Hacking Voting Systems to Be a Federal Crime in US

Criminals caught hacking into a federal voting system in the United States are to be charged with a federal criminal offense. 

The Defending the Integrity of Voting Systems Act was unanimously approved by the House of Representatives last week after gaining a green light from the Senate last year. The legislation will make hacking federal voting infrastructure a crime under the Computer Fraud and Abuse Act. 

Senators Richard Blumenthal, Sheldon Whitehouse, and Lindsey Graham put their political differences aside to introduce the bill with bipartisan support in 2019. Having gained the approval of the Senate and the House, the legislation will now be sent to the president to be signed into law. 

Blumenthal said in a statement that the bill's successful passage through the House on September 21 had come at just the right time to protect the safety of the 2020 presidential election, for which voting began on September 18 in four states.  

"Our adversaries have shown a willingness and capability to hack the infrastructure that powers our democracy, however, our laws and enforcement lag far behind this dire threat," said Blumenthal.

“This bill must now quickly become law so every vote counts. Nearly a month out from our 2020 elections, there’s no time to waste.”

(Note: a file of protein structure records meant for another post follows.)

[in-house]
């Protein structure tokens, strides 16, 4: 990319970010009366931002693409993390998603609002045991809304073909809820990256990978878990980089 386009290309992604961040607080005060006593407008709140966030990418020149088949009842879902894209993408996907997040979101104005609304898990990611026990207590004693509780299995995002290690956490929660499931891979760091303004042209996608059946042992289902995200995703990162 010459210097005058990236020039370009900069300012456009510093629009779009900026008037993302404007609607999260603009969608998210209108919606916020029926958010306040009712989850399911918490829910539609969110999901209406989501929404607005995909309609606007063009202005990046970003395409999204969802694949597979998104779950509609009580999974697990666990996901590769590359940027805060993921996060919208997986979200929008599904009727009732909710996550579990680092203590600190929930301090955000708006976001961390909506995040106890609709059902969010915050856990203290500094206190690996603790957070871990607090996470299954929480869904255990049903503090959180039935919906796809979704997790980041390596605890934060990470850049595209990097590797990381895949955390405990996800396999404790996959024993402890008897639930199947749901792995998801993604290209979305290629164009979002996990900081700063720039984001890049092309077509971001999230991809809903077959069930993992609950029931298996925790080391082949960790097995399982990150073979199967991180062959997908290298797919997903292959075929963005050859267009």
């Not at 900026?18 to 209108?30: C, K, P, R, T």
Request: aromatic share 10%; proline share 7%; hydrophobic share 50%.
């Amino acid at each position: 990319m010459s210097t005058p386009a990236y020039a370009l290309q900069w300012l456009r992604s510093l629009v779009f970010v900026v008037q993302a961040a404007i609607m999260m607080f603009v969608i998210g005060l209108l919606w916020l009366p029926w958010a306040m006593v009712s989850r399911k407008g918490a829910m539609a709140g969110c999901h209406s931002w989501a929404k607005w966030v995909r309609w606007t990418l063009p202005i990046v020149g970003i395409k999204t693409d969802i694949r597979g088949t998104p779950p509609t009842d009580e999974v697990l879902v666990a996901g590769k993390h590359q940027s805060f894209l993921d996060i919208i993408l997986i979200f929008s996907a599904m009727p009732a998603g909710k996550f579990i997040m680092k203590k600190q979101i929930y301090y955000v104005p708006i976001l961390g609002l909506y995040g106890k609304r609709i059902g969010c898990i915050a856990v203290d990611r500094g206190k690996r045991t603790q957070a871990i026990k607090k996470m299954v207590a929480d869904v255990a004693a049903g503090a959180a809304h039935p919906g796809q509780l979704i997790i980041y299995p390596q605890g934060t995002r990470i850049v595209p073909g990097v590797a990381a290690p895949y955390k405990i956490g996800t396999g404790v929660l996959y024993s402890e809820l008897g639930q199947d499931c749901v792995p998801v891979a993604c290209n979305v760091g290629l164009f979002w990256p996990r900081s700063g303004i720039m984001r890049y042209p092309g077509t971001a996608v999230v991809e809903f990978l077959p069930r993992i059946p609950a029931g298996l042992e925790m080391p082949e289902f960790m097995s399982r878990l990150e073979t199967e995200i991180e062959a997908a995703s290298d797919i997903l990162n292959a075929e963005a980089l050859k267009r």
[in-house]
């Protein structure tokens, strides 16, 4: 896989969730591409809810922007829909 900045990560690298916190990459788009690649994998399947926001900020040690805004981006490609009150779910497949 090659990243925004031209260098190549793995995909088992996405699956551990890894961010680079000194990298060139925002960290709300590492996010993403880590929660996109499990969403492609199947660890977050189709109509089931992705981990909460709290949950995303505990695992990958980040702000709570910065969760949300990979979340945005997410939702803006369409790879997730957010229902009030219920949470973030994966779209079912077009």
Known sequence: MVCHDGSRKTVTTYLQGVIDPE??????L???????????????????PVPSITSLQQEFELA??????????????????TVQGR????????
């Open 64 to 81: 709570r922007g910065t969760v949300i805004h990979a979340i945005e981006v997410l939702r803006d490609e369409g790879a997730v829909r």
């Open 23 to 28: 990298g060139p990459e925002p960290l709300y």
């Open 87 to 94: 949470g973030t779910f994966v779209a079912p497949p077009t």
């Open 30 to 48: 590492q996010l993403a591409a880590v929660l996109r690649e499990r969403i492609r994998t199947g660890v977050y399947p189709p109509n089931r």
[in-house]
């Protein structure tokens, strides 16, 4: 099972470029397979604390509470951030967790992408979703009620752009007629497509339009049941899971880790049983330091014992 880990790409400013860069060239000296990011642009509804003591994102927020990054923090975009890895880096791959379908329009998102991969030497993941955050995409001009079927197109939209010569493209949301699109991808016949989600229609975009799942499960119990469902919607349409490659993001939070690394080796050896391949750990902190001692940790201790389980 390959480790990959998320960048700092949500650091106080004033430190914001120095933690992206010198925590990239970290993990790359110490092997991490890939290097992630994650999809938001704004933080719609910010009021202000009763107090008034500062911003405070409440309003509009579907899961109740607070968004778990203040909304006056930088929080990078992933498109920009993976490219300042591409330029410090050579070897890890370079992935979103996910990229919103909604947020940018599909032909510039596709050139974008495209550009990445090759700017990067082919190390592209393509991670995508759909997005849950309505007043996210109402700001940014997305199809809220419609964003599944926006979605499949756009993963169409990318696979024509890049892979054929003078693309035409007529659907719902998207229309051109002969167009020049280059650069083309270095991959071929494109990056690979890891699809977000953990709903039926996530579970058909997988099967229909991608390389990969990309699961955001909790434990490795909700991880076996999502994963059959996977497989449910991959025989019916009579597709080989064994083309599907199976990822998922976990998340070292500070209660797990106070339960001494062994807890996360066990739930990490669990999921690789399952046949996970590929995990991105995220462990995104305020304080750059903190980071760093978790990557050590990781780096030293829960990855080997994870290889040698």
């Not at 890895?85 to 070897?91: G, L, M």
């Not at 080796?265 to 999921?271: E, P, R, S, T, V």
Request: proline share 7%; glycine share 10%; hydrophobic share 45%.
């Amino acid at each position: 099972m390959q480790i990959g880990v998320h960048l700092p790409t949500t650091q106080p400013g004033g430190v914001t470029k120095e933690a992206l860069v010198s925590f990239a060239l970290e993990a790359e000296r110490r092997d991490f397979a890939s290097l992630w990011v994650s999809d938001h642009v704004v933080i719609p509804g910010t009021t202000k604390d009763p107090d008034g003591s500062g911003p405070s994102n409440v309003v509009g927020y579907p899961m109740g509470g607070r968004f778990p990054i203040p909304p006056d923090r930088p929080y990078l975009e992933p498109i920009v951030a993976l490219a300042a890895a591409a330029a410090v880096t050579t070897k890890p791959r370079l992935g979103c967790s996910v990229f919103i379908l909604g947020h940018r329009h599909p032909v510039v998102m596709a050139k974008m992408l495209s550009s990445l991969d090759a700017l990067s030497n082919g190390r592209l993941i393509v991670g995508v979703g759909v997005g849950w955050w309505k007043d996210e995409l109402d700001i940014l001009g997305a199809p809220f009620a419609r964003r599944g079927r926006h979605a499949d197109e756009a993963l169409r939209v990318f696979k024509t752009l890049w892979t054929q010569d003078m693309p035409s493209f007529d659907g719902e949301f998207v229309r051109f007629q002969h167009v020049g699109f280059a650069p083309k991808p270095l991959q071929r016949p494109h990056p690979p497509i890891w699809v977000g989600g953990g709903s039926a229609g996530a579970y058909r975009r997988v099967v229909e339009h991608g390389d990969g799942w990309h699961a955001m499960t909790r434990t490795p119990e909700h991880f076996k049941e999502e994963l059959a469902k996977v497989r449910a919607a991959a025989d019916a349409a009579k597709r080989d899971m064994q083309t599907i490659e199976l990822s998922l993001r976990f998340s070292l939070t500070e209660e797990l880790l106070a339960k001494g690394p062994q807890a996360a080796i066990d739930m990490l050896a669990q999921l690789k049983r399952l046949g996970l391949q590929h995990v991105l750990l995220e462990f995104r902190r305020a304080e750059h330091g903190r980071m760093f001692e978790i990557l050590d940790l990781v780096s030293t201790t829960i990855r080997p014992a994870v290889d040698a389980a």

The origins of the bill stem from a report shared by the Justice Department’s Cyber Digital Task Force in July 2018. 

In the report, the task force noted: "The principal statute used to prosecute hackers—the Computer Fraud and Abuse Act (“CFAA”)—currently does not prohibit the act of hacking a voting machine in many common situations. In general, the CFAA only prohibits hacking computers that are connected to the Internet (or that meet other narrow criteria for protection)." 

The task force warned that electronic voting machines that are typically not connected to the internet would not meet those criteria.

"Consequently, should hacking of a voting machine occur, the government would not, in many conceivable circumstances, be able to use the CFAA to prosecute the hackers. (The conduct could, however, potentially violate other criminal statutes.)," noted the task force.  

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